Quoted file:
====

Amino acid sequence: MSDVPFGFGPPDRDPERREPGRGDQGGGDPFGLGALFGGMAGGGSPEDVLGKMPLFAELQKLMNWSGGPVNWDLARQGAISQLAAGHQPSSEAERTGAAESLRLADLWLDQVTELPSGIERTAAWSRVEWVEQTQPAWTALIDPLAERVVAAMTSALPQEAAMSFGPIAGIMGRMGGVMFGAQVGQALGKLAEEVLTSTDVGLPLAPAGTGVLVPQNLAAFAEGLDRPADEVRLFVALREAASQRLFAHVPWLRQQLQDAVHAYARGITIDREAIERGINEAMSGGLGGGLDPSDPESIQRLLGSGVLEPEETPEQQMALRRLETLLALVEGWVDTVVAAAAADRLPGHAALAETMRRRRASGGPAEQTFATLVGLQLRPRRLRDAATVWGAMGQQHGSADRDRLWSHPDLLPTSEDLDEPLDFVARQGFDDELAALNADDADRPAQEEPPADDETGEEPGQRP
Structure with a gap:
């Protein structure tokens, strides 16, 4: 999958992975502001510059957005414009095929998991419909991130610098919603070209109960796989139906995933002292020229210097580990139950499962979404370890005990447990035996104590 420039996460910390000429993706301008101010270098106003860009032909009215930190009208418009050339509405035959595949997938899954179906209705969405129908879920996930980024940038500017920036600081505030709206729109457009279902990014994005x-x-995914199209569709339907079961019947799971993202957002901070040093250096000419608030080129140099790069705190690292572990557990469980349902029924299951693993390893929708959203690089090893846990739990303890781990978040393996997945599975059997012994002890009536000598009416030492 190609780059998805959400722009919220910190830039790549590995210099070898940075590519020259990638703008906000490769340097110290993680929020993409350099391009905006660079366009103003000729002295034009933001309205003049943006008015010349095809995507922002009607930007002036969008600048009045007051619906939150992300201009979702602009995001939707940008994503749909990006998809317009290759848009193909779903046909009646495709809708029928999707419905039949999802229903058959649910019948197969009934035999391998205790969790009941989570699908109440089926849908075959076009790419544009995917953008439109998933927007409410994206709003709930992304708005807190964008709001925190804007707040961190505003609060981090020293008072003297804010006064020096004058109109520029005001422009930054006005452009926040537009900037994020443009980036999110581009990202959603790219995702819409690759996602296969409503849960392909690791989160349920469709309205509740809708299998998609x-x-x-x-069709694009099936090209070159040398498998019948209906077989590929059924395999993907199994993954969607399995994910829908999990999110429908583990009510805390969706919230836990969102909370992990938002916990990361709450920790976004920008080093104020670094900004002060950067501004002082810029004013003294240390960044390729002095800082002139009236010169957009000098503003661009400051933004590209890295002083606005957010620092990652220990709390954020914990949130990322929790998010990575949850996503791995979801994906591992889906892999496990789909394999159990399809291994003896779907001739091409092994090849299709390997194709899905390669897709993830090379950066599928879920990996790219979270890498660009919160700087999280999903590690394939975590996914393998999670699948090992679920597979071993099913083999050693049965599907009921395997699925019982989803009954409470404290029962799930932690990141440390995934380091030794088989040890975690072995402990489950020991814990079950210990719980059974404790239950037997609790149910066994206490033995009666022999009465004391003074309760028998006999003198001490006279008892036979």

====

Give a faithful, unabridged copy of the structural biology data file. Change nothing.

Amino acid sequence: MSDVPFGFGPPDRDPERREPGRGDQGGGDPFGLGALFGGMAGGGSPEDVLGKMPLFAELQKLMNWSGGPVNWDLARQGAISQLAAGHQPSSEAERTGAAESLRLADLWLDQVTELPSGIERTAAWSRVEWVEQTQPAWTALIDPLAERVVAAMTSALPQEAAMSFGPIAGIMGRMGGVMFGAQVGQALGKLAEEVLTSTDVGLPLAPAGTGVLVPQNLAAFAEGLDRPADEVRLFVALREAASQRLFAHVPWLRQQLQDAVHAYARGITIDREAIERGINEAMSGGLGGGLDPSDPESIQRLLGSGVLEPEETPEQQMALRRLETLLALVEGWVDTVVAAAAADRLPGHAALAETMRRRRASGGPAEQTFATLVGLQLRPRRLRDAATVWGAMGQQHGSADRDRLWSHPDLLPTSEDLDEPLDFVARQGFDDELAALNADDADRPAQEEPPADDETGEEPGQRP
Structure with a gap:
């Protein structure tokens, strides 16, 4: 999958992975502001510059957005414009095929998991419909991130610098919603070209109960796989139906995933002292020229210097580990139950499962979404370890005990447990035996104590 420039996460910390000429993706301008101010270098106003860009032909009215930190009208418009050339509405035959595949997938899954179906209705969405129908879920996930980024940038500017920036600081505030709206729109457009279902990014994005x-x-995914199209569709339907079961019947799971993202957002901070040093250096000419608030080129140099790069705190690292572990557990469980349902029924299951693993390893929708959203690089090893846990739990303890781990978040393996997945599975059997012994002890009536000598009416030492 190609780059998805959400722009919220910190830039790549590995210099070898940075590519020259990638703008906000490769340097110290993680929020993409350099391009905006660079366009103003000729002295034009933001309205003049943006008015010349095809995507922002009607930007002036969008600048009045007051619906939150992300201009979702602009995001939707940008994503749909990006998809317009290759848009193909779903046909009646495709809708029928999707419905039949999802229903058959649910019948197969009934035999391998205790969790009941989570699908109440089926849908075959076009790419544009995917953008439109998933927007409410994206709003709930992304708005807190964008709001925190804007707040961190505003609060981090020293008072003297804010006064020096004058109109520029005001422009930054006005452009926040537009900037994020443009980036999110581009990202959603790219995702819409690759996602296969409503849960392909690791989160349920469709309205509740809708299998998609x-x-x-x-069709694009099936090209070159040398498998019948209906077989590929059924395999993907199994993954969607399995994910829908999990999110429908583990009510805390969706919230836990969102909370992990938002916990990361709450920790976004920008080093104020670094900004002060950067501004002082810029004013003294240390960044390729002095800082002139009236010169957009000098503003661009400051933004590209890295002083606005957010620092990652220990709390954020914990949130990322929790998010990575949850996503791995979801994906591992889906892999496990789909394999159990399809291994003896779907001739091409092994090849299709390997194709899905390669897709993830090379950066599928879920990996790219979270890498660009919160700087999280999903590690394939975590996914393998999670699948090992679920597979071993099913083999050693049965599907009921395997699925019982989803009954409470404290029962799930932690990141440390995934380091030794088989040890975690072995402990489950020991814990079950210990719980059974404790239950037997609790149910066994206490033995009666022999009465004391003074309760028998006999003198001490006279008892036979």